Which Senior Theravada monks should ideally discuss and explore with each other over which topics?

A discussion on all aspects of Theravāda Buddhism
Saengnapha
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Re: Which Senior Theravada monks should ideally discuss and explore with each other over which topics?

Post by Saengnapha » Sat Jan 13, 2018 3:26 am

mikenz66 wrote:
Sat Jan 13, 2018 2:02 am
Subharo wrote:
Fri Jan 12, 2018 6:18 am
I too read those exchanges between Ajahn Thanissaro, and Bhikkhu Bodhi. Whomever squares off with Ajahn Thanissaro had better be as clever as about 25 foxes and as sharp as a samurai sword.
Do you really think so, Bhante? I like listening Ajahn Thanissaro from time to time - he has some interesting perspectives. However, when he criticises others he often seems to me to have not have read their work particuarly carefully. I would much rather he stuck to what he does well, which is explaining his own perspectives.

Personally, I question the whole idea of this thread. In my opinion, there are thousands of people out there worth interacting with, and the idea that the opinions and knowledge of certain people are vastly superior to the others, and that them "having it out" together will "decide an issue" strikes me as a little far fetched.

However, if I were to be witnessing such a discussion, I'd like it to be between teachers such as Ven Analayo, who are careful to explore various points of view without jumping to conclusions, or claiming some sort of authority.

:heart:
Mike
:goodpost:

Saengnapha
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Re: Which Senior Theravada monks should ideally discuss and explore with each other over which topics?

Post by Saengnapha » Sat Jan 13, 2018 3:28 am

DNS wrote:
Sat Jan 13, 2018 3:10 am
I suppose it might be nice to see a panel discussion of esteemed bhikkhus and bhikkhunis on "What is original Buddhism?" which texts, which interpretation of the teachings, Suttas, nature of nibbana, etc but as others have noted I imagine the rest of us will end up resonating with the ideas of the monastic we most like or to the views we already hold from our own studies, analysis, and / or insights.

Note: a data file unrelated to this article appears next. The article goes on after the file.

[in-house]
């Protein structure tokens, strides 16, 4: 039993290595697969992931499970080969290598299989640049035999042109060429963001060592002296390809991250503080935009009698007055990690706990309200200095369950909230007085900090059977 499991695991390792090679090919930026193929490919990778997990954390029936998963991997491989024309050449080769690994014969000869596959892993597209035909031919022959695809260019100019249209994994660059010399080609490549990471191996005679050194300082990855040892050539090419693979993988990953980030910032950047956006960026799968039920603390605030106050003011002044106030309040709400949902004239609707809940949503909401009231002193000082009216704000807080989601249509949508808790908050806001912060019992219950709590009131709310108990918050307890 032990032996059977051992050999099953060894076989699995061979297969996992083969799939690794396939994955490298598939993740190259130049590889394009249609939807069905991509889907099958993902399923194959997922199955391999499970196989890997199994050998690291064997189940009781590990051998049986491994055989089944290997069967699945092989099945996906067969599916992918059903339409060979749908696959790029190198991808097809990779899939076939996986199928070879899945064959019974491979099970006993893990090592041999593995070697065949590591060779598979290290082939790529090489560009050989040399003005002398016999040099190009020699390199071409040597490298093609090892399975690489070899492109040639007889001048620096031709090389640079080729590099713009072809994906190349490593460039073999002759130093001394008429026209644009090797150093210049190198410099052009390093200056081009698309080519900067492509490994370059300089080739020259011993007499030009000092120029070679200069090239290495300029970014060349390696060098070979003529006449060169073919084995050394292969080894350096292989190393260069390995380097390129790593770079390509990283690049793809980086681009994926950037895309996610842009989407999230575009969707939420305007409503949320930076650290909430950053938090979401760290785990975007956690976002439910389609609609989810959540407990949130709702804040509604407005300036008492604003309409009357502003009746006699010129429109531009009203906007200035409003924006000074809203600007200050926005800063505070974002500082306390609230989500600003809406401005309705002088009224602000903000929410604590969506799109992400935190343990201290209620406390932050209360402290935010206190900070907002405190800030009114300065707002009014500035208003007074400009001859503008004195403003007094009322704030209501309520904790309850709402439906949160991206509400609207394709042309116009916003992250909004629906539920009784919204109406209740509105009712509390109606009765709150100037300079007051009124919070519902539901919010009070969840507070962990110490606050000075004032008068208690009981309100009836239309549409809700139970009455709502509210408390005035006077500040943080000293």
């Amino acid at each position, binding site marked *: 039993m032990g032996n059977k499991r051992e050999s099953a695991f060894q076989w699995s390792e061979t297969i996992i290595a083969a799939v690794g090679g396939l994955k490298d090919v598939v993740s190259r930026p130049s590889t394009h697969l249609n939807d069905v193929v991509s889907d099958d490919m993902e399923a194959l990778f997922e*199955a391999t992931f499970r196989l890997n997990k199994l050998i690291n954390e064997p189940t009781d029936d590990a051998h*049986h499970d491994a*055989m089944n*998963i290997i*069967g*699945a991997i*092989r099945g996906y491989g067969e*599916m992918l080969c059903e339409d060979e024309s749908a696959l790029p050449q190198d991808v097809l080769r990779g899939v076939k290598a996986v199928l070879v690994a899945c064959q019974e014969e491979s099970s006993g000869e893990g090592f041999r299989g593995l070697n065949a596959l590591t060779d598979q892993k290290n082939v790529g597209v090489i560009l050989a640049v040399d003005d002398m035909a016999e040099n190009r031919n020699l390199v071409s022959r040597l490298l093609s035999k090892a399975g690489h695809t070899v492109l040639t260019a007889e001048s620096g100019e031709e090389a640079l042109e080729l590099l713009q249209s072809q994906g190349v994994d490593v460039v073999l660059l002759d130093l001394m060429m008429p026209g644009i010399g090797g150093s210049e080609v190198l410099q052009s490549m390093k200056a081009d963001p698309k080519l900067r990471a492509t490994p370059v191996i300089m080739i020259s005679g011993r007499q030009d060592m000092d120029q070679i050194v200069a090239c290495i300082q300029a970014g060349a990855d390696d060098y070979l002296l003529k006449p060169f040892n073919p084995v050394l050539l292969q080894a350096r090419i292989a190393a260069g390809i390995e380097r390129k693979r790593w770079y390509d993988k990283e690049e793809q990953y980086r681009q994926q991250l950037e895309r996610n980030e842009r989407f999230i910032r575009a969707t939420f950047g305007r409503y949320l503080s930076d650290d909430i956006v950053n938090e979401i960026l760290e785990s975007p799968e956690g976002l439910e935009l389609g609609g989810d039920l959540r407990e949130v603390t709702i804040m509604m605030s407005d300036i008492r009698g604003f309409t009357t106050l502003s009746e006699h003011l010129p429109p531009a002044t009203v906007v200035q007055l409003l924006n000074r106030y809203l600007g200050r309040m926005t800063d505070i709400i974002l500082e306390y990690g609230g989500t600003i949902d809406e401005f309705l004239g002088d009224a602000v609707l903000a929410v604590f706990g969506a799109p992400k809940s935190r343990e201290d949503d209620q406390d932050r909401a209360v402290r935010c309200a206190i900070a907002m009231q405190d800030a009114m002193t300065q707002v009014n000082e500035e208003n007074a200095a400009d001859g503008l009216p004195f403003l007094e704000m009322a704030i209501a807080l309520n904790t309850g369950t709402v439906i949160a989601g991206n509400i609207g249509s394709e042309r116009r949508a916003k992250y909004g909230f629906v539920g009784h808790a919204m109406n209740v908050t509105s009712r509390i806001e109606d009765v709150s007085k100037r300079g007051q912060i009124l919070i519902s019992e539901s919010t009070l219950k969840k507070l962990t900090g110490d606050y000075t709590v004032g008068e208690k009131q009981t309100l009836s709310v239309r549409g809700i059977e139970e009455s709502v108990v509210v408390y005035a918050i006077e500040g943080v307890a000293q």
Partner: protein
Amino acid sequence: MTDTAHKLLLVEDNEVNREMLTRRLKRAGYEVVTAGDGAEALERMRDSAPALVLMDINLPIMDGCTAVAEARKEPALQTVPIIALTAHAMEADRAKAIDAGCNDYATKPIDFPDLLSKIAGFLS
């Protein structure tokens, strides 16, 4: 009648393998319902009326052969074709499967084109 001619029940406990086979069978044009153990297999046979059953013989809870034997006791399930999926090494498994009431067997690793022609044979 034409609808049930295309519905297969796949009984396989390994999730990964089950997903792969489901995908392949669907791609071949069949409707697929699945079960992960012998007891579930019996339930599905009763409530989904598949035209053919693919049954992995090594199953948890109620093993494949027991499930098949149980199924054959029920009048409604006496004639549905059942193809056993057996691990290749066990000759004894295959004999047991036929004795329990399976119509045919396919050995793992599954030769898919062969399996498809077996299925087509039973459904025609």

Never going to happen. This is one of the main reasons practitioners follow particular teachers because they are not getting 'it' from the books.

Circle5
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Re: Which Senior Theravada monks should ideally discuss and explore with each other over which topics?

Post by Circle5 » Sat Jan 13, 2018 3:38 am

During Buddha times, every village had a Debating Hall and monks were trained for being good in debates. Having monks good in debates was one of the 5 things Buddha enumerated every time there came the question if weather he should die or not.

Unfortunatelly english culture it totally different from other cultures, being probably the most anti-debate one in the world. Egos are big and having a debate is seen as an assault on ones ego, it's not something that can be taken light-hearthed. I can't even picture 2 western monks having a serious debate about buddhist issues. They can have that on other topics but not on buddhism, cause that would be like a super ego-battle where being wrong would mean being lower than the bhikkhu who won the debate or something like that. Forget about that honest and healthy attitude towards finding the truth that we see in the debating halls described in the suttas, where big religious leaders would easily change their opinion when refuted in a debate.

There was not a single debate on buddhist issues, between famous western buddhist monks that I know of. The more famous, the more difficult it is for the bhikkhu to ever be wrong.

Saengnapha
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Re: Which Senior Theravada monks should ideally discuss and explore with each other over which topics?

Post by Saengnapha » Sat Jan 13, 2018 3:52 am

Circle5 wrote:
Sat Jan 13, 2018 3:38 am
During Buddha times, every village had a Debating Hall and monks were trained for being good in debates. Having monks good in debates was one of the 5 things Buddha enumerated every time there came the question if weather he should die or not.